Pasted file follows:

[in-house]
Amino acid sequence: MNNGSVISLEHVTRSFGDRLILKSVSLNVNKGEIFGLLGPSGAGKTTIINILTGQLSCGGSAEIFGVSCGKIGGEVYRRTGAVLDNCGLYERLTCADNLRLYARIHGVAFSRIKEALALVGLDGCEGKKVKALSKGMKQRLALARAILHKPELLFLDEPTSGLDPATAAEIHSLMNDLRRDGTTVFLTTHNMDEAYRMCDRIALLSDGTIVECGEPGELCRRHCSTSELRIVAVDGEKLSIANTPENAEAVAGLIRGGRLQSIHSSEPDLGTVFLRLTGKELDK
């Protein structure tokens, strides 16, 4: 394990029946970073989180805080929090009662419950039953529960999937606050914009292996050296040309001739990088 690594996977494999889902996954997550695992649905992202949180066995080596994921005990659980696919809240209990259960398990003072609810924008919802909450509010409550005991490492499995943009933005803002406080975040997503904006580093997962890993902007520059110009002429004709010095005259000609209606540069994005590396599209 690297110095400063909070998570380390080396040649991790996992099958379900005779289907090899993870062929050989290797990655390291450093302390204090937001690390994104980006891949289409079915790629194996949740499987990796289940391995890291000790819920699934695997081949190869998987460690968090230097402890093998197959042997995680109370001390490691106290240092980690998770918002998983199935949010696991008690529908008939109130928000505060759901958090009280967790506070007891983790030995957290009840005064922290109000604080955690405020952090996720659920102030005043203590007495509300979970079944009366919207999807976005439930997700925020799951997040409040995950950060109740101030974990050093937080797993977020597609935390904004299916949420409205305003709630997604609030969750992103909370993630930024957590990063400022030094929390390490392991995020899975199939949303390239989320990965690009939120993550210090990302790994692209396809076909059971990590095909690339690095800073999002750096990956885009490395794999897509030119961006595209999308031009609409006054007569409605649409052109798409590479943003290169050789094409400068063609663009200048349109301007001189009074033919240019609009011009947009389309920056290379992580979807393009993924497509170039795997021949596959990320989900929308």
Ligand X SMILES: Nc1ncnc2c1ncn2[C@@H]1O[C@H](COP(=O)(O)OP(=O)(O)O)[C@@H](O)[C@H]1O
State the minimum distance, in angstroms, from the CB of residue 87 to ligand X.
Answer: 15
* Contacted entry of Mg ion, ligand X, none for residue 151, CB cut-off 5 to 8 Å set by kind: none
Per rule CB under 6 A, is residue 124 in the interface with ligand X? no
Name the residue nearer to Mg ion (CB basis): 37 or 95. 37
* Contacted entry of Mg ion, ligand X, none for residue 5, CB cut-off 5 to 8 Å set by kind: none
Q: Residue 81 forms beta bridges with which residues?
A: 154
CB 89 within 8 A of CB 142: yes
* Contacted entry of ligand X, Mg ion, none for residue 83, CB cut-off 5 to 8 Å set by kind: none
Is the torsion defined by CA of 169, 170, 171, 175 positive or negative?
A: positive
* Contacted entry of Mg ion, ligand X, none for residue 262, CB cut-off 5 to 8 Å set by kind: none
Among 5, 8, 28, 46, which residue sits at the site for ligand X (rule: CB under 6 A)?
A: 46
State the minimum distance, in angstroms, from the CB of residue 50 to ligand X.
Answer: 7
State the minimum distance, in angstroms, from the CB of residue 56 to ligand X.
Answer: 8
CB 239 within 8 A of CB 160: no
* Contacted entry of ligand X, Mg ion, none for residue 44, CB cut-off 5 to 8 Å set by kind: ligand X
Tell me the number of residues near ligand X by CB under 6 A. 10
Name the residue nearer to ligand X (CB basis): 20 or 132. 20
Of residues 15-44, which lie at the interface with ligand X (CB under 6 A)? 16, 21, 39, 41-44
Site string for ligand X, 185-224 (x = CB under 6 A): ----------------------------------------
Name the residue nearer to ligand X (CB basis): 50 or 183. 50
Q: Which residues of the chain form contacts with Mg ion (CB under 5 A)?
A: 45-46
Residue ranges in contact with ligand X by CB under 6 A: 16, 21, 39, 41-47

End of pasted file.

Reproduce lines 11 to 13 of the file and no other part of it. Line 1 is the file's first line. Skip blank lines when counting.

Q: Residue 81 forms beta bridges with which residues?
A: 154
CB 89 within 8 A of CB 142: yes